Colby Remembers Professor and Botanist Bruce Fowles
Colby is remembering the life of Bruce E. Fowles, associate professor of biology, emeritus, who passed away June 23, 2020, in Washington, Maine. An expert on the flora of Maine, he was a wise and welcoming colleague and a devoted teacher at Colby for 36 years.
“Bruce was a great mentor to me, helping me figure out how to design a plant physiology course that would be of interest to undergraduates and address the most important questions in the field,” Professor of Biology Russ Johnson recalled about his first year at Colby when he faced teaching for the first time. “He was a strong advocate for education who supported new faculty coming into the department, getting their feet on the ground as strong teachers.”
Fowles completed undergraduate work at Brown University and earned his Ph.D. in biology from the University of California, Berkeley. He started teaching at Colby in 1967 and taught a wide range of courses in the fields of botany and evolutionary biology until he retired in 2003.
In addition to his expertise on Maine’s flora, he held strong interests in fungi and lichens. In 1978 he edited the book The Heritage of our Maine Wildflowers, and during a sabbatical he surveyed aquatic fungi in Maine’s Kennebec River. He also developed an early computer application for population genetics.
“There are those professors that you have in your college career who just stick with you your whole life. Bruce Fowles was one such mentor and friend,” said Trustee Dave Epstein ‘86, a horticulturist and meteorologist who remembers Fowles raising African violets under grow lights in his office. “His influence on me continues to shape how I see the natural world. He will remain an inspiration throughout my life.”
Johnson also recalls Fowles as a “straight shooter” who always spoke his mind, whether in department meetings or one-on-one conversations. He spoke from decades of experience, Johnson said, and had opinions about how the curriculum in the Biology Department should be structured, for example. “He said exactly what he thought,” Johnson said of Fowles, “and most of us found it refreshing. He was also good at listening to others, and he was thoughtful about what he said.”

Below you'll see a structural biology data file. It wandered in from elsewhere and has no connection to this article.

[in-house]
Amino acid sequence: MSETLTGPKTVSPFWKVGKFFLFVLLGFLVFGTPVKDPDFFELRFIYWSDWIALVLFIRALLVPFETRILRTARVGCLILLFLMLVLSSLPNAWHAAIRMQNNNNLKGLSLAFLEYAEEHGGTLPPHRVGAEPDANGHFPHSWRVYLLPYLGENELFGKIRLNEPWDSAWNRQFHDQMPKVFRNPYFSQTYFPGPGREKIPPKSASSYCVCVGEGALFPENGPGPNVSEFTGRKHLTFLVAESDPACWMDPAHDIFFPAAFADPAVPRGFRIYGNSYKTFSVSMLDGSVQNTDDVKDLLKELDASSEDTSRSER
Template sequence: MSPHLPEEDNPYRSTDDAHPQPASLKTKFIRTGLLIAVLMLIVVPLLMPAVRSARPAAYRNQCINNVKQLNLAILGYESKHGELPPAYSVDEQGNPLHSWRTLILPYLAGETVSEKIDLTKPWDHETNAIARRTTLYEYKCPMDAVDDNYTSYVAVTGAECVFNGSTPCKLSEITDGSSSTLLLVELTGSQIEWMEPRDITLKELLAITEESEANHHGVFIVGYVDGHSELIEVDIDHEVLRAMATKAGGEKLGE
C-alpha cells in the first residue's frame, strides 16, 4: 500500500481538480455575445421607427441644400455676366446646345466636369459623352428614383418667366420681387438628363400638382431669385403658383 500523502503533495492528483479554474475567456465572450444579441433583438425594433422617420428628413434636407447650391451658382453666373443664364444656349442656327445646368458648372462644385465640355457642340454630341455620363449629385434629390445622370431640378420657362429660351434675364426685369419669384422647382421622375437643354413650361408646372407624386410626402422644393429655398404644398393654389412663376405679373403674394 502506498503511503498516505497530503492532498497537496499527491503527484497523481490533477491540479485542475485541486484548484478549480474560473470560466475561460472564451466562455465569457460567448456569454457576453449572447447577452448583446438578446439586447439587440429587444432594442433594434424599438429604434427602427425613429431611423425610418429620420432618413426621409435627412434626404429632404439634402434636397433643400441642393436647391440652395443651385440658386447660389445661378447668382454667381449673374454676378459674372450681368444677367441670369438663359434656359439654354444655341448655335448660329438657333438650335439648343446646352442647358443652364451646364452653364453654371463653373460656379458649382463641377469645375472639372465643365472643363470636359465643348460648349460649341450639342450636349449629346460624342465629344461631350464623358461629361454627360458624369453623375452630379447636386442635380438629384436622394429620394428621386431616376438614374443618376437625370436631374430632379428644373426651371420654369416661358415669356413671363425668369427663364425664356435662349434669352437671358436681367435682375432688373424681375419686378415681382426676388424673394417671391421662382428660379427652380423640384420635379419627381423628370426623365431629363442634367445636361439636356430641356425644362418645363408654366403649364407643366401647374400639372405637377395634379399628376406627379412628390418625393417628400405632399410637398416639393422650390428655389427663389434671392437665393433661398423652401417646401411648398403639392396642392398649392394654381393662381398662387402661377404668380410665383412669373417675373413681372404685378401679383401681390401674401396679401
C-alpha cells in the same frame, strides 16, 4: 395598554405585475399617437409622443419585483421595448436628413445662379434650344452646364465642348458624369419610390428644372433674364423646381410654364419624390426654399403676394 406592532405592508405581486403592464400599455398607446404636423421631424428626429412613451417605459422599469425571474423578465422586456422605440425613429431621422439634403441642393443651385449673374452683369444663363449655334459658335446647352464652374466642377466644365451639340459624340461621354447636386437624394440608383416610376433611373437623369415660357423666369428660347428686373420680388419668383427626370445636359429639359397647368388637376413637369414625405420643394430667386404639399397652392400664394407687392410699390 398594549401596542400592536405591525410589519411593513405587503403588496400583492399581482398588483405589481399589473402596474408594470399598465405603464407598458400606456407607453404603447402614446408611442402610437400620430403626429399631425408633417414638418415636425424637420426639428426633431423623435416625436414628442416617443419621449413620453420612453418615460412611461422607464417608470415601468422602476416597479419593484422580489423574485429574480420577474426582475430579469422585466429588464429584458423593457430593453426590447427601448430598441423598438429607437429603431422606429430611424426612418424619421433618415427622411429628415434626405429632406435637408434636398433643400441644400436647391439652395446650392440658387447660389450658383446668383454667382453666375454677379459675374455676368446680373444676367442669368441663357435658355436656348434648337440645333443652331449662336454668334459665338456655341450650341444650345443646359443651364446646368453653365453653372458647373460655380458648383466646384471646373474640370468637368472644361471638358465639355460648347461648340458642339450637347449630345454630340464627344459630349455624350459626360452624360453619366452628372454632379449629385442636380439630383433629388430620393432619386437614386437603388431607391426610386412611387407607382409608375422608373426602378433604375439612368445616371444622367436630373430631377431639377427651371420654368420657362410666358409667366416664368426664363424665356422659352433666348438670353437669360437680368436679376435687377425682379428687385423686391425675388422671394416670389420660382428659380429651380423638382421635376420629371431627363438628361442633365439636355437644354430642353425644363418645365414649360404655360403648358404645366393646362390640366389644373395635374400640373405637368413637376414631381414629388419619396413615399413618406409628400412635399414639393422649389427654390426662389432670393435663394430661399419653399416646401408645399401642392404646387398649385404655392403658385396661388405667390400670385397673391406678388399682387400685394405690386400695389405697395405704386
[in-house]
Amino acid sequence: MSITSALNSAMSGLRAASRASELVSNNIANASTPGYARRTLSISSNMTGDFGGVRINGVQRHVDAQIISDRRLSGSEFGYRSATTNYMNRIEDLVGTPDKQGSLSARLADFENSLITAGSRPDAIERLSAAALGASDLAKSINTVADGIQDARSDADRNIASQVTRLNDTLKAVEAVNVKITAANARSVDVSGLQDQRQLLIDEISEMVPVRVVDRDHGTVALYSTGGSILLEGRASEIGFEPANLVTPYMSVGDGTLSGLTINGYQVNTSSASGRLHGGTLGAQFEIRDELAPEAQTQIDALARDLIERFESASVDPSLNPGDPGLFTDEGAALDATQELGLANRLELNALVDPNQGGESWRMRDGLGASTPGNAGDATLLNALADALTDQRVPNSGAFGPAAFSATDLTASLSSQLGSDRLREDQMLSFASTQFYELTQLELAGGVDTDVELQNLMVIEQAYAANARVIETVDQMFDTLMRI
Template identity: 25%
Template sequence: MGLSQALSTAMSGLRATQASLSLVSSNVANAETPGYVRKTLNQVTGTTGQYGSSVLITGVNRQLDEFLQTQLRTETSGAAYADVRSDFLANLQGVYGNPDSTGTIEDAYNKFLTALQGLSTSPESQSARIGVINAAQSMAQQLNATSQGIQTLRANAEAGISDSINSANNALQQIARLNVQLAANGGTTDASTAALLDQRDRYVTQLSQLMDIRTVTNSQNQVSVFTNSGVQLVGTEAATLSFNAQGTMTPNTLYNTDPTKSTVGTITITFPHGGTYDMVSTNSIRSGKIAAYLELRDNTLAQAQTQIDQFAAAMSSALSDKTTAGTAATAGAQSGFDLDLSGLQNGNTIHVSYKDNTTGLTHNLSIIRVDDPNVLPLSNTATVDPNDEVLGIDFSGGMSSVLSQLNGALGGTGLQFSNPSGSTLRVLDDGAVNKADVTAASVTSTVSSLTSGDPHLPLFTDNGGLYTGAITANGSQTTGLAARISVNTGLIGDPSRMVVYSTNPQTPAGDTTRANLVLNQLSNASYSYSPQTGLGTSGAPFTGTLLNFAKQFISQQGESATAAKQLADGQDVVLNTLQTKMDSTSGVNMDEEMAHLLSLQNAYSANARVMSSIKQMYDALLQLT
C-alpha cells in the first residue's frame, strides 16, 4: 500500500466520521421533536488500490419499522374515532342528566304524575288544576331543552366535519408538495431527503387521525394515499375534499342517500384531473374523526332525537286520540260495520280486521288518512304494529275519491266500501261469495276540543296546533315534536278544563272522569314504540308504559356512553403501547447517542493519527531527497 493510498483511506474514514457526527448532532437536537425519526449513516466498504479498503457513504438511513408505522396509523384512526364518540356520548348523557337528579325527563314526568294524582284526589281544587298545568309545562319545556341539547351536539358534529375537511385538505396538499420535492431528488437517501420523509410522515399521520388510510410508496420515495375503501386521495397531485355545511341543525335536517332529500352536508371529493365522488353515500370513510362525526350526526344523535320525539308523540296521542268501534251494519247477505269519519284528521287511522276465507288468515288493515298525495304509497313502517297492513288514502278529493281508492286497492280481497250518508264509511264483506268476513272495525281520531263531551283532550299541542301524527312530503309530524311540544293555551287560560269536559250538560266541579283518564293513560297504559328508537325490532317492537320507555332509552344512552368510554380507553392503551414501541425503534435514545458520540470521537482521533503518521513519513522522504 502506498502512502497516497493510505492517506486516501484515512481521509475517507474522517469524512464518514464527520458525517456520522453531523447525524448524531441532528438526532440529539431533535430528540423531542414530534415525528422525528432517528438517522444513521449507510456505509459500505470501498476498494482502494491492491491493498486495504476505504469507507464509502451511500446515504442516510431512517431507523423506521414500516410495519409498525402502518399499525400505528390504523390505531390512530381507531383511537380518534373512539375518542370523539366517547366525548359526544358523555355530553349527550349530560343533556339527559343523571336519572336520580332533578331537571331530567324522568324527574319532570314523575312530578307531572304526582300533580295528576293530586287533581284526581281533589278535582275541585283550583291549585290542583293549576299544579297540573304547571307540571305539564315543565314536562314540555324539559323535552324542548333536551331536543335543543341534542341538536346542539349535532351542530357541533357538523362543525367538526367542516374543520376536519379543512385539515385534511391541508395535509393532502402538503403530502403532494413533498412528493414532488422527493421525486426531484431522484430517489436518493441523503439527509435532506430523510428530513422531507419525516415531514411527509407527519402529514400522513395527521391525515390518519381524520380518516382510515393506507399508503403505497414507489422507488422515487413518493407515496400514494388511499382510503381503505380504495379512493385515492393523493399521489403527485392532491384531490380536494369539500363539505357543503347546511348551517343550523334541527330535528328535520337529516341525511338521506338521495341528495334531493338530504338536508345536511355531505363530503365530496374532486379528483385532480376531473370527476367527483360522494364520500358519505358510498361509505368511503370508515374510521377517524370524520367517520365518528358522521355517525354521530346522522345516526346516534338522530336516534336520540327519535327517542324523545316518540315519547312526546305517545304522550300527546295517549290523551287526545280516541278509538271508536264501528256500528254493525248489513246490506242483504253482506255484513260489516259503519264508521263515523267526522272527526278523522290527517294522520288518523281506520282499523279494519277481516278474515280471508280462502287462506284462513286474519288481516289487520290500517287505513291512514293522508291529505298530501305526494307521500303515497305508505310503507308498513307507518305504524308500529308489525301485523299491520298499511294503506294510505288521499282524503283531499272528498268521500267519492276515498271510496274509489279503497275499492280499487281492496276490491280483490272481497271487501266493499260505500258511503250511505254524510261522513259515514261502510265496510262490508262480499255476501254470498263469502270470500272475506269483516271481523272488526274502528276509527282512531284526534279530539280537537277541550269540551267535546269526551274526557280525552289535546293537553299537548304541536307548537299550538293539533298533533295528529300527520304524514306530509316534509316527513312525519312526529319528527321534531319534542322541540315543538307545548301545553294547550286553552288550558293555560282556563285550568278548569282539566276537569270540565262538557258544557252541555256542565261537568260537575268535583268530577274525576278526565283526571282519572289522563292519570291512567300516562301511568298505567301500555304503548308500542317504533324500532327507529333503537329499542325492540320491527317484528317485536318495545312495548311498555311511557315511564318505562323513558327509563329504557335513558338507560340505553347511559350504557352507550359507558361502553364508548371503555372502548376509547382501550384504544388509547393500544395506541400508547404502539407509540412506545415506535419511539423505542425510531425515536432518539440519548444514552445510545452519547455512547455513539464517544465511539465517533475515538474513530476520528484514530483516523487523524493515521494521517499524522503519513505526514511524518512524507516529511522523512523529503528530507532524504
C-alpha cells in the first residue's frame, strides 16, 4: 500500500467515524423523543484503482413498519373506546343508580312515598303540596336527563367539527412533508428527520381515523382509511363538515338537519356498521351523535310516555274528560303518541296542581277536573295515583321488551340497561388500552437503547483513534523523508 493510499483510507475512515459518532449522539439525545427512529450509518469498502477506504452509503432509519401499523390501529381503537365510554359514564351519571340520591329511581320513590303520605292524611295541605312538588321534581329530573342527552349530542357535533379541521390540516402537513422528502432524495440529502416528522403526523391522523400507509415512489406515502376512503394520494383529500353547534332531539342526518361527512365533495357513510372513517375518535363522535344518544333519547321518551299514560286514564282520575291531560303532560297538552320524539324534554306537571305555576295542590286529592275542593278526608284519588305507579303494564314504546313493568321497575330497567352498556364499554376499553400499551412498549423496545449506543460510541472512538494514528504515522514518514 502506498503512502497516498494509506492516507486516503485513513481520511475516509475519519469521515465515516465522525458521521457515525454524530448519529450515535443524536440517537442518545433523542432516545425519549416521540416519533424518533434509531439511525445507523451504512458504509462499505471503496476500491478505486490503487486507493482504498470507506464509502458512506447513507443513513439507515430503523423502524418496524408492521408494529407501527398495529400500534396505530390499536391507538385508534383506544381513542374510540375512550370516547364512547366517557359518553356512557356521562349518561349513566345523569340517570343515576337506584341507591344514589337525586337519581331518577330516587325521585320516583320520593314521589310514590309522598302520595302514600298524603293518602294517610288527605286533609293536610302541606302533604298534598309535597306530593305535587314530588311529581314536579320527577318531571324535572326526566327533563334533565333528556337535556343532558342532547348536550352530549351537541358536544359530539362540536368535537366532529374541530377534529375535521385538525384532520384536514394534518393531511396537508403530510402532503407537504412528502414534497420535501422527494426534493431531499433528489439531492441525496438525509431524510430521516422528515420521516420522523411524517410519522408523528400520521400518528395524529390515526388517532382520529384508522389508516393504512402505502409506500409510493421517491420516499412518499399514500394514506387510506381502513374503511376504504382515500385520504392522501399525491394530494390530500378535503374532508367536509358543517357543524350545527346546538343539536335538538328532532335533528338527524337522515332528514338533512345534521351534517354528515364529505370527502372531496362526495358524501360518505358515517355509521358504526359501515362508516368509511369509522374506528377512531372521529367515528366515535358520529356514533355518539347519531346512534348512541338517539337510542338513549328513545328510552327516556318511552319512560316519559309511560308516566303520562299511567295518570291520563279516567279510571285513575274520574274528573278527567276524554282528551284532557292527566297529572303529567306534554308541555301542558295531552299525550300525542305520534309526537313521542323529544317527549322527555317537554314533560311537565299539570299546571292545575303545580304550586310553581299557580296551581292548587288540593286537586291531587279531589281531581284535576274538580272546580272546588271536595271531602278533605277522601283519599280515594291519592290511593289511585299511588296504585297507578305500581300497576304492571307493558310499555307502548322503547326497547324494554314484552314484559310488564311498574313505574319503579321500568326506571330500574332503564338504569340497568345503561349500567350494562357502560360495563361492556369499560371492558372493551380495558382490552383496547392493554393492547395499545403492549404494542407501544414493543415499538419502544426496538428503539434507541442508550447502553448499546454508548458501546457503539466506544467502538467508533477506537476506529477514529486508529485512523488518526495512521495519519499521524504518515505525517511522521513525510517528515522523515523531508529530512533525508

Fowles was an avid runner who sometimes ran with colleagues, including Professor of Biology Cathy Bevier. “I’m grateful that Bruce got me back into running. We started in January of my first year and often used that time to talk about challenges and accomplishments in the classroom,” Bevier recalled. “Bruce kept a careful log of each of his runs, including pace and distance … always the scientist!”
Fowles was also a cyclist, joining Colby’s Cycling Club as a faculty participant. He also practiced beekeeping, enjoyed fishing, and loved his dogs. But hIs passion was teaching, Johnson said. “He always emphasized the importance of teaching, that it was of the highest importance.”
Survivors include his wife, Rosemary, a daughter and a son, and two grandchildren. Bruce Fowles was 80 years old.
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